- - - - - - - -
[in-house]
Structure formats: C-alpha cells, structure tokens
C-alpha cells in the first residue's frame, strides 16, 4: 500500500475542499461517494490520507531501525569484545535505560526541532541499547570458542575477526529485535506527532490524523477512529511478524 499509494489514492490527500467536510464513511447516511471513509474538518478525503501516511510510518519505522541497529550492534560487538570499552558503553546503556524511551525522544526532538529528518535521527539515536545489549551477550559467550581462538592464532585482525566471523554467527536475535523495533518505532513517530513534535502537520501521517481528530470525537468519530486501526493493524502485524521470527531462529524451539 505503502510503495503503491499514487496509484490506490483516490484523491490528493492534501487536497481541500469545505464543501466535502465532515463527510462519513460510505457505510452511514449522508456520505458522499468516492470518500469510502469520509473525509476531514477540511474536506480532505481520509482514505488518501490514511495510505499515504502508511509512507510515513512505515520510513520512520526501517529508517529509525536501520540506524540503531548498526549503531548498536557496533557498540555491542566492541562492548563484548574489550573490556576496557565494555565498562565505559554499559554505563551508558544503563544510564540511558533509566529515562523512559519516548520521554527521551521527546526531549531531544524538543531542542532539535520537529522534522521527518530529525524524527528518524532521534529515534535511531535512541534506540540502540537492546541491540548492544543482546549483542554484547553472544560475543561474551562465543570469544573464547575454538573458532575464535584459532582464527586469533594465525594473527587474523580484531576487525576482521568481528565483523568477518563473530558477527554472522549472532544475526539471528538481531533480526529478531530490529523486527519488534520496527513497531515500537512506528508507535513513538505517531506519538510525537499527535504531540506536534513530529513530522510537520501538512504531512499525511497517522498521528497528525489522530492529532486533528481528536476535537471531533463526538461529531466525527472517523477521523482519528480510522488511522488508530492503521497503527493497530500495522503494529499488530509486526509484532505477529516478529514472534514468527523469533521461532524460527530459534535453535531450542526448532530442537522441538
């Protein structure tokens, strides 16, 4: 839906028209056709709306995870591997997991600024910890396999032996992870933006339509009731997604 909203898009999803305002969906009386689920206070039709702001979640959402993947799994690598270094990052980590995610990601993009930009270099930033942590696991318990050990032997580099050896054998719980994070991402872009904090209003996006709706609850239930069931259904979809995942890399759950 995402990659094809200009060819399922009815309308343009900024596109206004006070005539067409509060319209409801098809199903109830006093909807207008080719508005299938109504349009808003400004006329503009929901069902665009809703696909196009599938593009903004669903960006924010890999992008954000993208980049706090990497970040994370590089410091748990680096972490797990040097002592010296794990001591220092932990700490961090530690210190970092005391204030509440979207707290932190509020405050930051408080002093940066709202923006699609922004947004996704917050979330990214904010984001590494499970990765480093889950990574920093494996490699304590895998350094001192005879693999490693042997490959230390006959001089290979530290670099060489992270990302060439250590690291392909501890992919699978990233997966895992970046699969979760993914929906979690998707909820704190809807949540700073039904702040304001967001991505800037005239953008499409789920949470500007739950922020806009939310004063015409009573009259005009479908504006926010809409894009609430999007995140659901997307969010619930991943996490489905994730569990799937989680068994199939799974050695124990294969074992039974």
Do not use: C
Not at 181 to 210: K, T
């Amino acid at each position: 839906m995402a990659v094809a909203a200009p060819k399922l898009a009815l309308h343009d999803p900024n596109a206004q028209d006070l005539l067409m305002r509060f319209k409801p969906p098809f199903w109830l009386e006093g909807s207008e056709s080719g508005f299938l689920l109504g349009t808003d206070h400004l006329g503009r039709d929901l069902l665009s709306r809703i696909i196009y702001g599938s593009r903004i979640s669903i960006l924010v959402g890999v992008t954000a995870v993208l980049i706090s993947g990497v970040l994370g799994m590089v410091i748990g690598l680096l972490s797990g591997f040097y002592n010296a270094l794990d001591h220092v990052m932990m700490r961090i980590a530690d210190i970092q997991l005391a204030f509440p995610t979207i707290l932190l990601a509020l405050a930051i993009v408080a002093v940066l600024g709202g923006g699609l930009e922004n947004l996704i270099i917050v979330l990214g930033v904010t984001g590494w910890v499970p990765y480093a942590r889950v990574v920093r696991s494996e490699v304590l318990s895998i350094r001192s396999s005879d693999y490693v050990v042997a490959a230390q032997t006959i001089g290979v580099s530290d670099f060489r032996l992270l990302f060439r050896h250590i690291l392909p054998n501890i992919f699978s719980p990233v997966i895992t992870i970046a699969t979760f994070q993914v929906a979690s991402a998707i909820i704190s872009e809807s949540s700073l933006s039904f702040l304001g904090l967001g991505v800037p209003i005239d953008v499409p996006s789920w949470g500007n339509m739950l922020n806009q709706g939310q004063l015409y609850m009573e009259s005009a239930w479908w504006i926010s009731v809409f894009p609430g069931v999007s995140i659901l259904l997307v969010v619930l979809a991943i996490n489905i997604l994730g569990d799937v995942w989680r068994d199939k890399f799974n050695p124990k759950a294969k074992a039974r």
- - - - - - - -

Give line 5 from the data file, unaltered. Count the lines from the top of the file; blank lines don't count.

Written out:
Do not use: C